A better understanding of antibiotic resistance16/12/15
Antibiotic-resistant bacteria already existed in the environment before antibiotics were used in human medicine. 1 Antibiotic resistance-conferring genes are usually located on mobile genetic elements (MGEs). Besides promoting the development of new resistance traits, the way and extent we use antibiotics today also selects for existing resistant clones within microbial populations and promotes their expansion. The spread of antibiotic resistance genes and the development of multidrug resistance represent major threats to public health. 2
As antibiotics are not only used in human and veterinary medicine, but also in animal food production and agriculture,3, 4 the environment plays an important role in the spread of antibiotic resistances, because it provides a multitude of relevant niches (soil, water, plants, animals) for the spread of resistance. Already in 2001, the European Council Recommendation on the prudent use of antimicrobial agents in human medicine underlined the idea that the occurrence of antibiotic resistance in human pathogens correlates with their occurrence in animals and the environment.5 Against this background, also the European Food Safety Authority (EFSA) has re-evaluated antibacterial products used as feed additives and their impact on resistance development to antibiotics of human and veterinary importance.6 Based on a recent decision of the European Commission regarding the monitoring of antimicrobial resistance in zoonotic and commensal agents in food-producing animals and meat, the detection of changes in antibiotic resistance patterns in animal populations should help to define future trends in the occurrence of antimicrobial resistance.7
So far, microbial pathogens and individual MGEs carrying resistance determinants have been intensively studied regarding the spread of antimicrobial drug resistance. The composition and dynamics of the general bacterial mobile gene pool in a given niche or environment, the so-called ‘mobilome’, has not been comprehensively studied so far. The mobilome consists of MGEs, including plasmids, bacteriophages, genomic islands (GEIs), integrative and conjugative elements (ICEs), integrons and transposons. These MGEs can frequently carry antibiotic resistance genes and serve as vectors for the lateral dissemination of antibiotic resistance determinants between microbes. Among MGEs, plasmids, which can carry (multiple) resistance determinants, are among the most important vehicles for the spread of antibiotic resistance. In order to better understand the constraints and driving forces of lateral gene transfer (LTG), we have to determine the molecular basis of the bacterial host range of resistance plasmids, the contribution of environmental conditions to the transfer efficiency of such plasmids and the impact that resistance plasmid carriage has on the fitness and competitiveness of the recipient hosts.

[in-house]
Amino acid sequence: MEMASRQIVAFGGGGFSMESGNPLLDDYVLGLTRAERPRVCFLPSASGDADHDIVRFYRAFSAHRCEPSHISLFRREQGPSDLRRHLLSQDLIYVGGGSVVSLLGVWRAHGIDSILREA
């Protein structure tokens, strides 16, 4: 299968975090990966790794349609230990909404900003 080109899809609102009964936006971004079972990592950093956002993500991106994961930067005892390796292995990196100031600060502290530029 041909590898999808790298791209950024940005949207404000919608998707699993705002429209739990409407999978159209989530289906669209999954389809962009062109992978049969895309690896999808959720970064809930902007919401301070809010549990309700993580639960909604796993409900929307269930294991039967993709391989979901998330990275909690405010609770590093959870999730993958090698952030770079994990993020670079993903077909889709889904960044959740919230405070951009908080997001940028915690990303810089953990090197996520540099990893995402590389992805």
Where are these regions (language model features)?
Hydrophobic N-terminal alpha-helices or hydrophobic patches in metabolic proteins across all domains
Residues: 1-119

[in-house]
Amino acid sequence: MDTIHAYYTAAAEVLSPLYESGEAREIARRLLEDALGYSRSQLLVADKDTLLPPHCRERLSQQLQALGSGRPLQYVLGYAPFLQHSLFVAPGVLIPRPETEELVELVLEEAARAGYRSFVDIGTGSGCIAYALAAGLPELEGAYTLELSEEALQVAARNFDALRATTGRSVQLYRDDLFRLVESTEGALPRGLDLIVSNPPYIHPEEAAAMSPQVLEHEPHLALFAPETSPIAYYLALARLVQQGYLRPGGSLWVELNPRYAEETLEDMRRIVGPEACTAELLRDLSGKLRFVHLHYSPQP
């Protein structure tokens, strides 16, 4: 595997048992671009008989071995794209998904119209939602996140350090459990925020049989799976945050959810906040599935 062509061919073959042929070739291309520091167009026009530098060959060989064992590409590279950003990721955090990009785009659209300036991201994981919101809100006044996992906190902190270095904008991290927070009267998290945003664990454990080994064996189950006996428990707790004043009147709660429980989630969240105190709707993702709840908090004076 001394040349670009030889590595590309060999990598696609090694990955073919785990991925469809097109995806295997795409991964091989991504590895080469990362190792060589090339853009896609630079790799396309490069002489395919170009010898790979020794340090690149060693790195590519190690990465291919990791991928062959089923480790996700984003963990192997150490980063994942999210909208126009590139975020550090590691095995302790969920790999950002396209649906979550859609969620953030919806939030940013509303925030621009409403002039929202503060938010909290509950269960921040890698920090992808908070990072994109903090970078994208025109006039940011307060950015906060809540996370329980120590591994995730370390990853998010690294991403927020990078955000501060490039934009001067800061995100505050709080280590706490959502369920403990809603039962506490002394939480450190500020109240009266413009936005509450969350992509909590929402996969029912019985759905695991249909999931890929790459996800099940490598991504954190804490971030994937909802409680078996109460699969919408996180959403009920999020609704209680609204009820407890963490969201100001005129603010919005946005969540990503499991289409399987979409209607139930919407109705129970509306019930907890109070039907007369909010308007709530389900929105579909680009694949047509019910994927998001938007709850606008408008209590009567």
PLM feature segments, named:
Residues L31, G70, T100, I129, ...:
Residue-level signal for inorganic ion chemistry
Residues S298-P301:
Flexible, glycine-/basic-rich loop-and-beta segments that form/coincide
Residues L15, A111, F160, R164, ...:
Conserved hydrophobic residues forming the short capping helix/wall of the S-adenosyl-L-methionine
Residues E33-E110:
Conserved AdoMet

The uptake and exchange of bacteria between the environment, animals and humans increases the diversity and dynamics of the mobilome. In the wake of metagenomic analyses, also the prevalence of antibiotic resistance genes in the commensal microbiota is more and more in the research focus. Recent analyses indicate that resistance genes are widely distributed in the intestinal gut microbiota of healthy individuals.8,9,10 It has also been shown that the rate of LGT in the gut microbiota is remarkably high, sometimes being much higher than in other environments.11,12,13 Accordingly, the detailed analysis of the intestinal mobilome, not only in humans, but also in companion and food animals is critical for our understanding of the spread of antibiotic resistance as well as for relevant preventive approaches.10,14 Although we are slowly beginning to elucidate the relevance of certain compositional changes of the microbiota regarding its impact on human health, our knowledge of the mobilome in general, the interplay between different mobilome components, and their transmission and persistence including resistance genes, is still limited.
In summary, there is an urgent need to apply new comprehensive ‘omics’ approaches to increase our knowledge of the diversity, dynamics and evolution of antibiotic resistance genes including their vectors. We should intensify the analysis of the interplay and exchange of MGEs in complex microbial consortia in relevant reservoirs and environmental niches, including populations of wild and domesticated animals as well as humans.
Professor Dr Ulrich Dobrindt
Institute of Hygiene
University of Münster
+49 (0)251 980-2875
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